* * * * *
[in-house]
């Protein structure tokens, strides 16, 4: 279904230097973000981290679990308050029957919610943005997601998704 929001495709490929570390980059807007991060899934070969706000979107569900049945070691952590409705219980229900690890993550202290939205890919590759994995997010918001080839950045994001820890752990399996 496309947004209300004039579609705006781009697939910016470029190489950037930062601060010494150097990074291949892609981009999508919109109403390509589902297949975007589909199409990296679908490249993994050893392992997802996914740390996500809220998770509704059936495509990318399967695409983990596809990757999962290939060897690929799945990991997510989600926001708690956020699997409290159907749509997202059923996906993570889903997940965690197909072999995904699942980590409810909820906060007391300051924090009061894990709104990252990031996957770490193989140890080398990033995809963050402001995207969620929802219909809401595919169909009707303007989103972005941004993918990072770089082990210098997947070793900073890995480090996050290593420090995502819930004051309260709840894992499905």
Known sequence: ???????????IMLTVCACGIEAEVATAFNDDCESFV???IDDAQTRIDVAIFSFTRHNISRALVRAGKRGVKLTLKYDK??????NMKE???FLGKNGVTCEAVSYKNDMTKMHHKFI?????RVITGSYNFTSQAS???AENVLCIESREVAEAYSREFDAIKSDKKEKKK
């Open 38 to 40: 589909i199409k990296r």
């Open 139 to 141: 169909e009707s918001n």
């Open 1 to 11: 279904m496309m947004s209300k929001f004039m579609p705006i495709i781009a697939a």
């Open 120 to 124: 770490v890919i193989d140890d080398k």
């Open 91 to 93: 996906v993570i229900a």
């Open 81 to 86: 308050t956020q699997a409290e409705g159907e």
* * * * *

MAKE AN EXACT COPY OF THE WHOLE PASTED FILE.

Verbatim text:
[in-house]
């Protein structure tokens, strides 16, 4: 279904230097973000981290679990308050029957919610943005997601998704 929001495709490929570390980059807007991060899934070969706000979107569900049945070691952590409705219980229900690890993550202290939205890919590759994995997010918001080839950045994001820890752990399996 496309947004209300004039579609705006781009697939910016470029190489950037930062601060010494150097990074291949892609981009999508919109109403390509589902297949975007589909199409990296679908490249993994050893392992997802996914740390996500809220998770509704059936495509990318399967695409983990596809990757999962290939060897690929799945990991997510989600926001708690956020699997409290159907749509997202059923996906993570889903997940965690197909072999995904699942980590409810909820906060007391300051924090009061894990709104990252990031996957770490193989140890080398990033995809963050402001995207969620929802219909809401595919169909009707303007989103972005941004993918990072770089082990210098997947070793900073890995480090996050290593420090995502819930004051309260709840894992499905």
Known sequence: ???????????IMLTVCACGIEAEVATAFNDDCESFV???IDDAQTRIDVAIFSFTRHNISRALVRAGKRGVKLTLKYDK??????NMKE???FLGKNGVTCEAVSYKNDMTKMHHKFI?????RVITGSYNFTSQAS???AENVLCIESREVAEAYSREFDAIKSDKKEKKK
């Open 38 to 40: 589909i199409k990296r």
């Open 139 to 141: 169909e009707s918001n």
């Open 1 to 11: 279904m496309m947004s209300k929001f004039m579609p705006i495709i781009a697939a």
């Open 120 to 124: 770490v890919i193989d140890d080398k």
């Open 91 to 93: 996906v993570i229900a």
């Open 81 to 86: 308050t956020q699997a409290e409705g159907e």